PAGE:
Another impressive quality of the story, considering the period in which it was written, is the manner in which Nikhil perceives his relation to his wife, Bimala. Across many patriarchal societies, and certainly in much of India – there runs the refrain that the wife’s destiny is bound to her husband’s and that, once the woman has left her parents’ home, her husband is her protector and her lord. It comes as a surprise to discover that Nikhil considers the relationship as one of equality. Even though he loves Bimala immensely, and it is painful for him to contemplate separation, he does not think that she ought to remain bound to him by virtue of their marriage. I had read too little of Tagore to realize that, apart from being a great poet and educator, he was a progressive thinker whose opinions on international politics, patriotism, and God went against the established dogma of his period. [Much of these less well-known aspects of Tagore are in Amartya Sen’s essay Tagore and his India.]
The version that I read has been translated into English by Surendranath Bose. It is natural for most readers of translated texts to wonder what is being lost, what is being unconsciously subverted, and what is being rendered altogether opaque by the gaping chasm between the culture of the writer and the reader. It is true that such emotions as love, disgust, devotion and greed are universal, but the way in which they are expressed in the story is very much dependent on the particular culture in which the original story is supposed to happen. It would be apparent in any Western translation of an Eastern work and vice versa, and there is no escape from this for anyone who reads Ghare-Baire in English; this includes Indians who haven’t had much contact with Bengali culture. Footnotes attempt to explain that the vermilion mark on Bimala’s forehead is a symbol of Hindu wifehood, but how is the translator to explain the many manifestations of the vermilion mark – for has it not come to represent, simultaneously, a wife’s devotion and her cage, her love and her frustration, her radiant jewel and her crown of thorns? How is one to communicate to an uninitiated reader the religious and social “baggage” of something as loaded as the vermilion mark?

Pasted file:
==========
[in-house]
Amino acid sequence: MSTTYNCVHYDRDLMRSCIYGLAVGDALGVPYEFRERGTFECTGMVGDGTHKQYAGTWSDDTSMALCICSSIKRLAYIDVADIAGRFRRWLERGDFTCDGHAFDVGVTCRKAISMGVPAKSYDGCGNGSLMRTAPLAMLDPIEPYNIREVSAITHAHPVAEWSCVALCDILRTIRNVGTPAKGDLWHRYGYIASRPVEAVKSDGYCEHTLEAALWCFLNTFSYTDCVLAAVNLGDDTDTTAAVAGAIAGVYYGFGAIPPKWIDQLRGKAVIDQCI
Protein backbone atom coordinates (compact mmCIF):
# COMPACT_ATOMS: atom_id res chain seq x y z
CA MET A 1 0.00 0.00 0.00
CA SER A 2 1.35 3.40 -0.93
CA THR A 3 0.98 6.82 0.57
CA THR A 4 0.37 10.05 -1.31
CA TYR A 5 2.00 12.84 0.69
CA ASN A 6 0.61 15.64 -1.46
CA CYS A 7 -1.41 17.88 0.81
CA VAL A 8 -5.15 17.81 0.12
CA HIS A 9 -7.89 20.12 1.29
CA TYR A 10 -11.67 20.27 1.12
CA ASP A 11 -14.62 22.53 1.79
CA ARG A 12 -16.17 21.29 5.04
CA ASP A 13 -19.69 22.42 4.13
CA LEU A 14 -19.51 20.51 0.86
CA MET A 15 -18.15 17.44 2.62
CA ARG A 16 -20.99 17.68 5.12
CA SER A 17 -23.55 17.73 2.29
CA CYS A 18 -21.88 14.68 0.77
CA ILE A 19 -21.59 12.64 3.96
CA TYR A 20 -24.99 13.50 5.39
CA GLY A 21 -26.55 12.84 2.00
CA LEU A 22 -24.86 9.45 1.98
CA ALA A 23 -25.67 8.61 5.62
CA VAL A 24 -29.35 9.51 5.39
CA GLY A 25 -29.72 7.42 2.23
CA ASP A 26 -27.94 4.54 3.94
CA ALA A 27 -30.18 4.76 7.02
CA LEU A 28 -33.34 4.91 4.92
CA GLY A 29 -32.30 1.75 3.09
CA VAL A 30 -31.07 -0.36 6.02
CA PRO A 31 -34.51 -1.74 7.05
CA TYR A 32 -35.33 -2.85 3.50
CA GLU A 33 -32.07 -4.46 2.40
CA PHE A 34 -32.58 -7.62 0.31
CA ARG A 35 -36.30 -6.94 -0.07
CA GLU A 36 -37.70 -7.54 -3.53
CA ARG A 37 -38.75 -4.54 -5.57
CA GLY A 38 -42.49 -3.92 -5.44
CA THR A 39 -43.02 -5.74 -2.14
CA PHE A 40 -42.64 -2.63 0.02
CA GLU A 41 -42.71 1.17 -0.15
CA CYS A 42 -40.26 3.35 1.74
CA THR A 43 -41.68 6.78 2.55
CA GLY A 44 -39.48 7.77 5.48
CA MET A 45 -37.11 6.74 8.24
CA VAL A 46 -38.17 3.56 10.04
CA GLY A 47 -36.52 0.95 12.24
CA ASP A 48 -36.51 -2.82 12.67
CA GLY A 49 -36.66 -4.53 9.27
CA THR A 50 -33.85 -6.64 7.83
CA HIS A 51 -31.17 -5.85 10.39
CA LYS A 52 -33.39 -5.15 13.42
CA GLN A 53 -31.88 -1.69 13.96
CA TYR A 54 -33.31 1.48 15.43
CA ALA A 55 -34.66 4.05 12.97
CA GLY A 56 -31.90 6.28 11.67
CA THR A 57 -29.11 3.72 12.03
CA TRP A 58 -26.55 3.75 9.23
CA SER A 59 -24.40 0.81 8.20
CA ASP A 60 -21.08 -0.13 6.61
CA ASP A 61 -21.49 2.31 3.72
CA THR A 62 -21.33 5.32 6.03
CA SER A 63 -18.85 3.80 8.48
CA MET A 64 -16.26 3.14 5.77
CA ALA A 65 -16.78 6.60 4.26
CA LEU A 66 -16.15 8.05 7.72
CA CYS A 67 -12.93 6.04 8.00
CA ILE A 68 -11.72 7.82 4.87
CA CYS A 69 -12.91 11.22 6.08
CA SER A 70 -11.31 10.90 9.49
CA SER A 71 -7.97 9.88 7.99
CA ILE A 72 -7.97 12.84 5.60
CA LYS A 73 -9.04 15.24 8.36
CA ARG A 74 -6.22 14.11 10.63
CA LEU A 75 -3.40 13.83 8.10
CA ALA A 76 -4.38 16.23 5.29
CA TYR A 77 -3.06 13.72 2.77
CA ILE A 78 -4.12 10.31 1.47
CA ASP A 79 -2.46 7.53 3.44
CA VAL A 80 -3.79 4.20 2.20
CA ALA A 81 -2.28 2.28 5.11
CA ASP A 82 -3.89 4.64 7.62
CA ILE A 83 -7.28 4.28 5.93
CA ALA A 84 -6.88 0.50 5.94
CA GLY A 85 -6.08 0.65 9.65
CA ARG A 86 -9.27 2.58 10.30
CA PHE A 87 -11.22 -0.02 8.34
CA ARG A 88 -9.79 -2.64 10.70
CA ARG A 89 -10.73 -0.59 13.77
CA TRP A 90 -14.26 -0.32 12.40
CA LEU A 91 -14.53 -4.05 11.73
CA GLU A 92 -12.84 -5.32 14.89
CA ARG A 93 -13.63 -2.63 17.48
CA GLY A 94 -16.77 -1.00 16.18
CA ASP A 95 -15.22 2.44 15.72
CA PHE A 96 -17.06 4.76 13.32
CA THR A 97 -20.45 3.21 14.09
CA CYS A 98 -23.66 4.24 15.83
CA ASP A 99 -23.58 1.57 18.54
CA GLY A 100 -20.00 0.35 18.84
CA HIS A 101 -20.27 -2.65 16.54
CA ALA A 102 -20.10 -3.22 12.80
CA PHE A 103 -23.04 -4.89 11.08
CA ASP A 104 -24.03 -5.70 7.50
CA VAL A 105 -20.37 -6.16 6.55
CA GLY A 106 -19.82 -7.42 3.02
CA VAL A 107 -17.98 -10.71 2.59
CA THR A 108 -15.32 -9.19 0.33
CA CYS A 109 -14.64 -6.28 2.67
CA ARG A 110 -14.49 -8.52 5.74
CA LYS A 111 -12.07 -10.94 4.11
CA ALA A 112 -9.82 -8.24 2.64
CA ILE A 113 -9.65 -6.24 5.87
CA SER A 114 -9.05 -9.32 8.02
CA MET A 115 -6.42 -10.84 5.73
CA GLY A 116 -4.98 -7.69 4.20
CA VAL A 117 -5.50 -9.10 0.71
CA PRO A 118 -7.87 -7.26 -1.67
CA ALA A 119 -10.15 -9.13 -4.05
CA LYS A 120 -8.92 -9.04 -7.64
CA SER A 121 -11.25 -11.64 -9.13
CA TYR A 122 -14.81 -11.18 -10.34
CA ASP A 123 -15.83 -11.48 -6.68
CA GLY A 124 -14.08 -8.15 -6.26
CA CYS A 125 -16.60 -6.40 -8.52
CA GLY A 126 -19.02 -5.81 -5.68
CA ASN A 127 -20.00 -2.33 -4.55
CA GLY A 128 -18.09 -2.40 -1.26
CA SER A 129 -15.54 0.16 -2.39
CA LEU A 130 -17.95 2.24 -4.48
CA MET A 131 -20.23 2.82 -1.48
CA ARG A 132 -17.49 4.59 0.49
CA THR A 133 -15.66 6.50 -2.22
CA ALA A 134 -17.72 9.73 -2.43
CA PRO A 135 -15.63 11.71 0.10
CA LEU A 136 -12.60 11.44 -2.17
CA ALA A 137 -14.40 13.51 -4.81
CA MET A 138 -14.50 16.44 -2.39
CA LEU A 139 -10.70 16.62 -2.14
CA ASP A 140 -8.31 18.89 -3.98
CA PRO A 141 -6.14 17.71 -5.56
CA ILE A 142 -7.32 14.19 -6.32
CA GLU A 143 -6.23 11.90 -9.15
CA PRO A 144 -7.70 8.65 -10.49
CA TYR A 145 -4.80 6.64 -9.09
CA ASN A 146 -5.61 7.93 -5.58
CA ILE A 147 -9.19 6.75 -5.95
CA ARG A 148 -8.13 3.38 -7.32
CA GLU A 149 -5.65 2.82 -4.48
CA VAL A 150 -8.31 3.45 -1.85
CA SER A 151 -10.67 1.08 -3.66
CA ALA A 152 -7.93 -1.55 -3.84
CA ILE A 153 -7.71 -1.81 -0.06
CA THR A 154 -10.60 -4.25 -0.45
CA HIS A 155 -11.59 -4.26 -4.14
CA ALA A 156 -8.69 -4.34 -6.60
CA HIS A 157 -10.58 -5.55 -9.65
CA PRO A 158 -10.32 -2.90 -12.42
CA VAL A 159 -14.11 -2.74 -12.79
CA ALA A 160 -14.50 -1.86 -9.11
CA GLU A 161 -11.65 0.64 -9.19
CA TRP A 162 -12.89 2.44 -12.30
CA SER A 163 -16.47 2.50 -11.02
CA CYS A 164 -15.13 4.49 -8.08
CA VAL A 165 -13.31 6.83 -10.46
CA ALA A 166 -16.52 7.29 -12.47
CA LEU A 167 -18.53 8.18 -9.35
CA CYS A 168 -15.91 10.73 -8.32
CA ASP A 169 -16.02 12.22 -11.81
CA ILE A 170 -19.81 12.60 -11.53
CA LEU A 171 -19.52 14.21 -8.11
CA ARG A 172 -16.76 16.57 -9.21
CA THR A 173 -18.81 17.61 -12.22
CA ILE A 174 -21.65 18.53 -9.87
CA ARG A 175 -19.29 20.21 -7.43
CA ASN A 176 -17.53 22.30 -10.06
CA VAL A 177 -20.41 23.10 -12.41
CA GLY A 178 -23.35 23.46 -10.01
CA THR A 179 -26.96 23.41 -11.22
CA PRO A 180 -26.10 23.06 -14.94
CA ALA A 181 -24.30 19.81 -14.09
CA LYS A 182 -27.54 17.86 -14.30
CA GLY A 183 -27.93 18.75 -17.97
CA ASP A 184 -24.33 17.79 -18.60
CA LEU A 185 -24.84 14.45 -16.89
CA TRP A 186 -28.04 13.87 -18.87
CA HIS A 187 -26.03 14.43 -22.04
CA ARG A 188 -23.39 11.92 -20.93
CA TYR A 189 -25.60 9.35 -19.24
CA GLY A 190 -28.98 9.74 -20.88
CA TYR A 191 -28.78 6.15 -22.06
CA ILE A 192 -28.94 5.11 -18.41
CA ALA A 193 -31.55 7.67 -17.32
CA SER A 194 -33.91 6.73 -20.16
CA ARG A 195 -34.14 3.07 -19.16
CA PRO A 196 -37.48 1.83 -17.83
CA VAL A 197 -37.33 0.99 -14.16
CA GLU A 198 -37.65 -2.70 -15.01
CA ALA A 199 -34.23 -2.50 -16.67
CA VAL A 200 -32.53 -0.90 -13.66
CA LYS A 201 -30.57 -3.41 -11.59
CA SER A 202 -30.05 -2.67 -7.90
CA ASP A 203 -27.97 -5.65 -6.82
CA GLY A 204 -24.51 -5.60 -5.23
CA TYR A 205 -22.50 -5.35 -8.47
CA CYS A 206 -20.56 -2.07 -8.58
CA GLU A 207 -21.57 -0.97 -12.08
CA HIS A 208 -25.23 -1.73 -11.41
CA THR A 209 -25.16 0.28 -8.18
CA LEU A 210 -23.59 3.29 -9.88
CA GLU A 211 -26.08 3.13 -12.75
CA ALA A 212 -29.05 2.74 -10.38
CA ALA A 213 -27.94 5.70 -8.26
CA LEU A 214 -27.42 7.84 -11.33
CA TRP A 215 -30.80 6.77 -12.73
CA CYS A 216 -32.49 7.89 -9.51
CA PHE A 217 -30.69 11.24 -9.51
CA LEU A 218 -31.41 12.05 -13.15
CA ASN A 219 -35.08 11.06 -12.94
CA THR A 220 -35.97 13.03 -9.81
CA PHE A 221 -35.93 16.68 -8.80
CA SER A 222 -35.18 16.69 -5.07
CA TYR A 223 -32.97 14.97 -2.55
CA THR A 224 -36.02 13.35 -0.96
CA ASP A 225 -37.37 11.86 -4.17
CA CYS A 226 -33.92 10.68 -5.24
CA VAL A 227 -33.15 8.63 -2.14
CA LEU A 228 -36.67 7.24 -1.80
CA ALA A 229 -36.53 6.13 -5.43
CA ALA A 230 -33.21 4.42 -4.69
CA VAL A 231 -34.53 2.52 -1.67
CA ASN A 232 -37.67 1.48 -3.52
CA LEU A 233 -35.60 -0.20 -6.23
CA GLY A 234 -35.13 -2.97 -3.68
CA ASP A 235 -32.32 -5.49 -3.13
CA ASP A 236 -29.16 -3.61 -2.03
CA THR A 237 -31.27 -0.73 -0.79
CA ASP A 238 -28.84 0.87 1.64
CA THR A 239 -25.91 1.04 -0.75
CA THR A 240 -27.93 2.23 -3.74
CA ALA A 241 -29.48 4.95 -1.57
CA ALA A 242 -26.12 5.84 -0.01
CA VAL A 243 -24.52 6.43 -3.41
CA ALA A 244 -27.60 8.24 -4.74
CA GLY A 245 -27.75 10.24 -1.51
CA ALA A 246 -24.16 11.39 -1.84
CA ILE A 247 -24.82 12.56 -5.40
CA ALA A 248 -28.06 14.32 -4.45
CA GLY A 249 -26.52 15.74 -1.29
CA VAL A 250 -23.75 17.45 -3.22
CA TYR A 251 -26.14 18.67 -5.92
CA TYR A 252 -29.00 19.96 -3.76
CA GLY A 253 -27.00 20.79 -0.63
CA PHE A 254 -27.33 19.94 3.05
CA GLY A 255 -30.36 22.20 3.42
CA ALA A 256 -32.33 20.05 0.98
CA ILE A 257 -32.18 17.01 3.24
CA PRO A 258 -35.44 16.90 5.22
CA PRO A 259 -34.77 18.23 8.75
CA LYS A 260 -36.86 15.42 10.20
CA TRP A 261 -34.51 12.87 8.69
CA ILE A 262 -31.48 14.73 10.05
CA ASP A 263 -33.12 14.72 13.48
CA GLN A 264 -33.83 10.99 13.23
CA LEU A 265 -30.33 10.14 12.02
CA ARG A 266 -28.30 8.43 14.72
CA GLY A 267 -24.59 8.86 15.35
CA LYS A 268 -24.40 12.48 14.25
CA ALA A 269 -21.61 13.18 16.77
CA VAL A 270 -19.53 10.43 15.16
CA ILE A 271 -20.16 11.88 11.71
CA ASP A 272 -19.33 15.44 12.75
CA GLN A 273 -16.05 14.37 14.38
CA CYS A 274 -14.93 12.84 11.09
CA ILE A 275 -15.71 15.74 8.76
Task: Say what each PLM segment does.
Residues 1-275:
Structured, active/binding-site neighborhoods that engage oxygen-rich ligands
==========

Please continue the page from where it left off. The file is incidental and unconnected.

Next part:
It appears that the translator’s task is made more difficult because much of the dialogue in Ghare-Baire has the flavor of poetry – some measure of rhyme and meter. In English, it still reads as very lyrical, but sometimes, it becomes a little dissonant, as if the idea being conveyed is rendered unnecessarily forceful by the mere act of translation. It took me a while to become aware of this, to accept the possibility that what I am reading is but a projection on to a subspace of fewer dimensions than Tagore might have intended.